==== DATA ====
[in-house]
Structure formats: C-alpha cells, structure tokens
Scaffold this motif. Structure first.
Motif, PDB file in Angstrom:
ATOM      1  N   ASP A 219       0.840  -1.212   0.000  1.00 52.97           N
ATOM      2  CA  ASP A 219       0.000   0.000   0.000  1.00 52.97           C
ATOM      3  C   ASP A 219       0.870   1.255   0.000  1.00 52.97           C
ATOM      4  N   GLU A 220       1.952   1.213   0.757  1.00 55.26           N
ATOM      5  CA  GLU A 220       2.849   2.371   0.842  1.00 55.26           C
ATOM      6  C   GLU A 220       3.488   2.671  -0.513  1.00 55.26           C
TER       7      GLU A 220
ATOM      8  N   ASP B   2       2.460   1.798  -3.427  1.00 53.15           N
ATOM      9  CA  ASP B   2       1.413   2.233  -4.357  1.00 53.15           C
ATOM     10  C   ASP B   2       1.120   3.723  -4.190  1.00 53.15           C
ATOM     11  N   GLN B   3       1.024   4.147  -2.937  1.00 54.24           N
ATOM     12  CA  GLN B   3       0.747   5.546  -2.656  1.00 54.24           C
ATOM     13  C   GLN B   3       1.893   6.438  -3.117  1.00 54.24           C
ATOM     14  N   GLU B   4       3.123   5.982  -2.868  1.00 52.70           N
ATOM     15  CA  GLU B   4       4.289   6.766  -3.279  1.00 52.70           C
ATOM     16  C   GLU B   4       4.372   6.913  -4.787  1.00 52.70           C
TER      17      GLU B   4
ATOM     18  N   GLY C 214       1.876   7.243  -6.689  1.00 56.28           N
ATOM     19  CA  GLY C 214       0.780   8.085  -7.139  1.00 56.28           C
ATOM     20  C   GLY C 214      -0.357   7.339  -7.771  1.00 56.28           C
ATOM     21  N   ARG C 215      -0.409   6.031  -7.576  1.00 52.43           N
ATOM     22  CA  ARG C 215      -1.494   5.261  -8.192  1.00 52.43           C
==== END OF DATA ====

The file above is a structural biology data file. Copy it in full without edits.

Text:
[in-house]
Structure formats: C-alpha cells, structure tokens
Scaffold this motif. Structure first.
Motif, PDB file in Angstrom:
ATOM      1  N   ASP A 219       0.840  -1.212   0.000  1.00 52.97           N
ATOM      2  CA  ASP A 219       0.000   0.000   0.000  1.00 52.97           C
ATOM      3  C   ASP A 219       0.870   1.255   0.000  1.00 52.97           C
ATOM      4  N   GLU A 220       1.952   1.213   0.757  1.00 55.26           N
ATOM      5  CA  GLU A 220       2.849   2.371   0.842  1.00 55.26           C
ATOM      6  C   GLU A 220       3.488   2.671  -0.513  1.00 55.26           C
TER       7      GLU A 220
ATOM      8  N   ASP B   2       2.460   1.798  -3.427  1.00 53.15           N
ATOM      9  CA  ASP B   2       1.413   2.233  -4.357  1.00 53.15           C
ATOM     10  C   ASP B   2       1.120   3.723  -4.190  1.00 53.15           C
ATOM     11  N   GLN B   3       1.024   4.147  -2.937  1.00 54.24           N
ATOM     12  CA  GLN B   3       0.747   5.546  -2.656  1.00 54.24           C
ATOM     13  C   GLN B   3       1.893   6.438  -3.117  1.00 54.24           C
ATOM     14  N   GLU B   4       3.123   5.982  -2.868  1.00 52.70           N
ATOM     15  CA  GLU B   4       4.289   6.766  -3.279  1.00 52.70           C
ATOM     16  C   GLU B   4       4.372   6.913  -4.787  1.00 52.70           C
TER      17      GLU B   4
ATOM     18  N   GLY C 214       1.876   7.243  -6.689  1.00 56.28           N
ATOM     19  CA  GLY C 214       0.780   8.085  -7.139  1.00 56.28           C
ATOM     20  C   GLY C 214      -0.357   7.339  -7.771  1.00 56.28           C
ATOM     21  N   ARG C 215      -0.409   6.031  -7.576  1.00 52.43           N
ATOM     22  CA  ARG C 215      -1.494   5.261  -8.192  1.00 52.43           C